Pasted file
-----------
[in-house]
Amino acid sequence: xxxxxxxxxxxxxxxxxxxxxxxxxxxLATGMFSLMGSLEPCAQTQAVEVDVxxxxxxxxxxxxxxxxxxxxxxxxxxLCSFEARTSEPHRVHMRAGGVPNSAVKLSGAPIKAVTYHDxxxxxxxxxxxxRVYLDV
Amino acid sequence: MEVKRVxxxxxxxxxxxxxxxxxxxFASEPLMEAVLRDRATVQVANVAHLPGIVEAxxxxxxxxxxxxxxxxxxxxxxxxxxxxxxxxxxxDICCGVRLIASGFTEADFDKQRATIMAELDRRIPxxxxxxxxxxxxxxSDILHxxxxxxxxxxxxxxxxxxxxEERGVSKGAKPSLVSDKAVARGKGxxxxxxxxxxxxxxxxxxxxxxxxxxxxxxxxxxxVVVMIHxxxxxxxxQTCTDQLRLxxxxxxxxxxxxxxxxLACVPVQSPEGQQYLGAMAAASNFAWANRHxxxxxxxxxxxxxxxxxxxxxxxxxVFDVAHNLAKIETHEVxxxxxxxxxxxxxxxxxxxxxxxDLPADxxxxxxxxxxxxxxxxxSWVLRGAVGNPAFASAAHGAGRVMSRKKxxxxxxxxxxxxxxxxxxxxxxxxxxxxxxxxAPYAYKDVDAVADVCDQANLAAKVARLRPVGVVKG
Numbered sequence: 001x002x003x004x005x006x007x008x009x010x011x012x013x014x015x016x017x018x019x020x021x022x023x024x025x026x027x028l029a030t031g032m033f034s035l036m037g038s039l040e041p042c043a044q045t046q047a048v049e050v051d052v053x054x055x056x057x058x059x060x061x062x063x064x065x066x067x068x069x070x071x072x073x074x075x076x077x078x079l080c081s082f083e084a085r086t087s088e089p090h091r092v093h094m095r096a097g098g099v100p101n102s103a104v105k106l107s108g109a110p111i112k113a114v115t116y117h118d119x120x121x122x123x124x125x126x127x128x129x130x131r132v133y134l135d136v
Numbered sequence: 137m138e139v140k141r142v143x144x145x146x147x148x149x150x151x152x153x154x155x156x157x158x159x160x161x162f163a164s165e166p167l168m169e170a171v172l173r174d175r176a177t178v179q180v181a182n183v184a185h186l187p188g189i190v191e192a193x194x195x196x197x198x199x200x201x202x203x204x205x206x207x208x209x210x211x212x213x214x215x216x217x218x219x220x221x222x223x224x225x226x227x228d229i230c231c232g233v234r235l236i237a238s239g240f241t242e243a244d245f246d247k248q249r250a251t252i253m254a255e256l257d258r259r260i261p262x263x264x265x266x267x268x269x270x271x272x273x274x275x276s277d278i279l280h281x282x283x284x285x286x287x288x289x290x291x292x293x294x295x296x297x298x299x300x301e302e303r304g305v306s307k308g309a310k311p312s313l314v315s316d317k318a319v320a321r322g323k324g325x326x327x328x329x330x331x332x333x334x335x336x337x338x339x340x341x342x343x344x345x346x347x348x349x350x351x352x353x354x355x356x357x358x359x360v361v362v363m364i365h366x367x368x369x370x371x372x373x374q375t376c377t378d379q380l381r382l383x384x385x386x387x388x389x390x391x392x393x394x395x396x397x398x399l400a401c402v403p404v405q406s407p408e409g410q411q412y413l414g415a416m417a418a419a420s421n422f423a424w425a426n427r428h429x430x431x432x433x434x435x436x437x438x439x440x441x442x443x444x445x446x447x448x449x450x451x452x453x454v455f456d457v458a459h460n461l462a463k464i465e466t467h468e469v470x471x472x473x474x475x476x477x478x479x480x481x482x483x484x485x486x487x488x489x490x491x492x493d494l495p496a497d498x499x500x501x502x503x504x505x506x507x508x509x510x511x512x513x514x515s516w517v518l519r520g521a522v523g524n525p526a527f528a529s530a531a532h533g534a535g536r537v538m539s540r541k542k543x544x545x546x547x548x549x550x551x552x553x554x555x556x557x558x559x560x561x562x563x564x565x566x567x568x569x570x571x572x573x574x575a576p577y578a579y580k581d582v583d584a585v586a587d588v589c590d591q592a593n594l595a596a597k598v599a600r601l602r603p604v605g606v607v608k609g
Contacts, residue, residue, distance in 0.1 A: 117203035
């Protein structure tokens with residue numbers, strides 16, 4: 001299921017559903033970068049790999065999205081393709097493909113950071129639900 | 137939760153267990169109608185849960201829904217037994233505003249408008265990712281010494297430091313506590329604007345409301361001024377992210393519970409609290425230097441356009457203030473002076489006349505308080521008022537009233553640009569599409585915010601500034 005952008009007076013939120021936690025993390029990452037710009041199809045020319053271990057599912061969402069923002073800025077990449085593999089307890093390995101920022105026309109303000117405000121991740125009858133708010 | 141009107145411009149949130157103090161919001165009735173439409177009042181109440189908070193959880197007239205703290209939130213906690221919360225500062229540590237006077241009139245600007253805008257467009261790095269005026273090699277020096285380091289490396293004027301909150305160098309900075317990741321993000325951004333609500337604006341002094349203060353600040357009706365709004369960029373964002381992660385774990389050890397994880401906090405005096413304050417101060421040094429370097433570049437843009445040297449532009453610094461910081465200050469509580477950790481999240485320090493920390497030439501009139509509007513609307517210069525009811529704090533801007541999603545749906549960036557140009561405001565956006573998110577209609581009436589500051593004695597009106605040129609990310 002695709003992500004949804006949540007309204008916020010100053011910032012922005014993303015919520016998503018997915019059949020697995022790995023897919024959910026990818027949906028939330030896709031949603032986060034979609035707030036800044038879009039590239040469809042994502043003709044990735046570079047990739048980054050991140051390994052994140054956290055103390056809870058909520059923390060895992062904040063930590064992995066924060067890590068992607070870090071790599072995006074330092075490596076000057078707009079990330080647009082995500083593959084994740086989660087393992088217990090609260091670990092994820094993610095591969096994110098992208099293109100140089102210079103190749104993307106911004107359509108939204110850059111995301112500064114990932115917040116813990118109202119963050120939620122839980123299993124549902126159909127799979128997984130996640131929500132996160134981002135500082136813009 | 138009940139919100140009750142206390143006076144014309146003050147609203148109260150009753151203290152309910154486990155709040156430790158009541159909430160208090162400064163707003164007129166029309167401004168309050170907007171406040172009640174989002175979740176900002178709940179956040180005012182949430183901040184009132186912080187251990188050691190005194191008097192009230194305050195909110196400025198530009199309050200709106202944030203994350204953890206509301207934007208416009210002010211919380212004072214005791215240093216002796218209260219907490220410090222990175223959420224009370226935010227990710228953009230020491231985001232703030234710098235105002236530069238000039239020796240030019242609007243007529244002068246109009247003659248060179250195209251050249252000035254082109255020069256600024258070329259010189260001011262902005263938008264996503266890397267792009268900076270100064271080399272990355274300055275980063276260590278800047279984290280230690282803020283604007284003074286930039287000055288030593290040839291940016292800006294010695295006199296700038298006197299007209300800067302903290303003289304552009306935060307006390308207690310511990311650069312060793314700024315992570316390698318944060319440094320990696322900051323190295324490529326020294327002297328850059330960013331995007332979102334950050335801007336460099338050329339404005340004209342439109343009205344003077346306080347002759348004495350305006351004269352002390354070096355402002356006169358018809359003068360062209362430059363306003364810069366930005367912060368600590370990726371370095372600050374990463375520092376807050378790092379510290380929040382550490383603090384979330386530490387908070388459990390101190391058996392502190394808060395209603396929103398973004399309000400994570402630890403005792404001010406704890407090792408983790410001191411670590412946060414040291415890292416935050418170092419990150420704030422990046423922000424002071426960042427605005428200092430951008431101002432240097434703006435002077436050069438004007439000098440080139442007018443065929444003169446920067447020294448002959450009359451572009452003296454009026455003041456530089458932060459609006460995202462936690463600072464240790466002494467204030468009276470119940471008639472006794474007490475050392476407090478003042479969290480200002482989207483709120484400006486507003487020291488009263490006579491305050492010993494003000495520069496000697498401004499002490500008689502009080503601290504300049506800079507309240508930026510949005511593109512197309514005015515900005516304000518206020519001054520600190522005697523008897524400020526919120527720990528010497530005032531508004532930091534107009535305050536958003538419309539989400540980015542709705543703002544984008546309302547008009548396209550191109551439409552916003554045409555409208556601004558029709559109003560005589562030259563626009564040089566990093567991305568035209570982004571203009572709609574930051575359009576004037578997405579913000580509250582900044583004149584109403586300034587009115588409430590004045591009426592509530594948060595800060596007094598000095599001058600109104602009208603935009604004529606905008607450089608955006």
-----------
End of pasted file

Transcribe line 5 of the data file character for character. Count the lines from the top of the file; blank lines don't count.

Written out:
Numbered sequence: 137m138e139v140k141r142v143x144x145x146x147x148x149x150x151x152x153x154x155x156x157x158x159x160x161x162f163a164s165e166p167l168m169e170a171v172l173r174d175r176a177t178v179q180v181a182n183v184a185h186l187p188g189i190v191e192a193x194x195x196x197x198x199x200x201x202x203x204x205x206x207x208x209x210x211x212x213x214x215x216x217x218x219x220x221x222x223x224x225x226x227x228d229i230c231c232g233v234r235l236i237a238s239g240f241t242e243a244d245f246d247k248q249r250a251t252i253m254a255e256l257d258r259r260i261p262x263x264x265x266x267x268x269x270x271x272x273x274x275x276s277d278i279l280h281x282x283x284x285x286x287x288x289x290x291x292x293x294x295x296x297x298x299x300x301e302e303r304g305v306s307k308g309a310k311p312s313l314v315s316d317k318a319v320a321r322g323k324g325x326x327x328x329x330x331x332x333x334x335x336x337x338x339x340x341x342x343x344x345x346x347x348x349x350x351x352x353x354x355x356x357x358x359x360v361v362v363m364i365h366x367x368x369x370x371x372x373x374q375t376c377t378d379q380l381r382l383x384x385x386x387x388x389x390x391x392x393x394x395x396x397x398x399l400a401c402v403p404v405q406s407p408e409g410q411q412y413l414g415a416m417a418a419a420s421n422f423a424w425a426n427r428h429x430x431x432x433x434x435x436x437x438x439x440x441x442x443x444x445x446x447x448x449x450x451x452x453x454v455f456d457v458a459h460n461l462a463k464i465e466t467h468e469v470x471x472x473x474x475x476x477x478x479x480x481x482x483x484x485x486x487x488x489x490x491x492x493d494l495p496a497d498x499x500x501x502x503x504x505x506x507x508x509x510x511x512x513x514x515s516w517v518l519r520g521a522v523g524n525p526a527f528a529s530a531a532h533g534a535g536r537v538m539s540r541k542k543x544x545x546x547x548x549x550x551x552x553x554x555x556x557x558x559x560x561x562x563x564x565x566x567x568x569x570x571x572x573x574x575a576p577y578a579y580k581d582v583d584a585v586a587d588v589c590d591q592a593n594l595a596a597k598v599a600r601l602r603p604v605g606v607v608k609g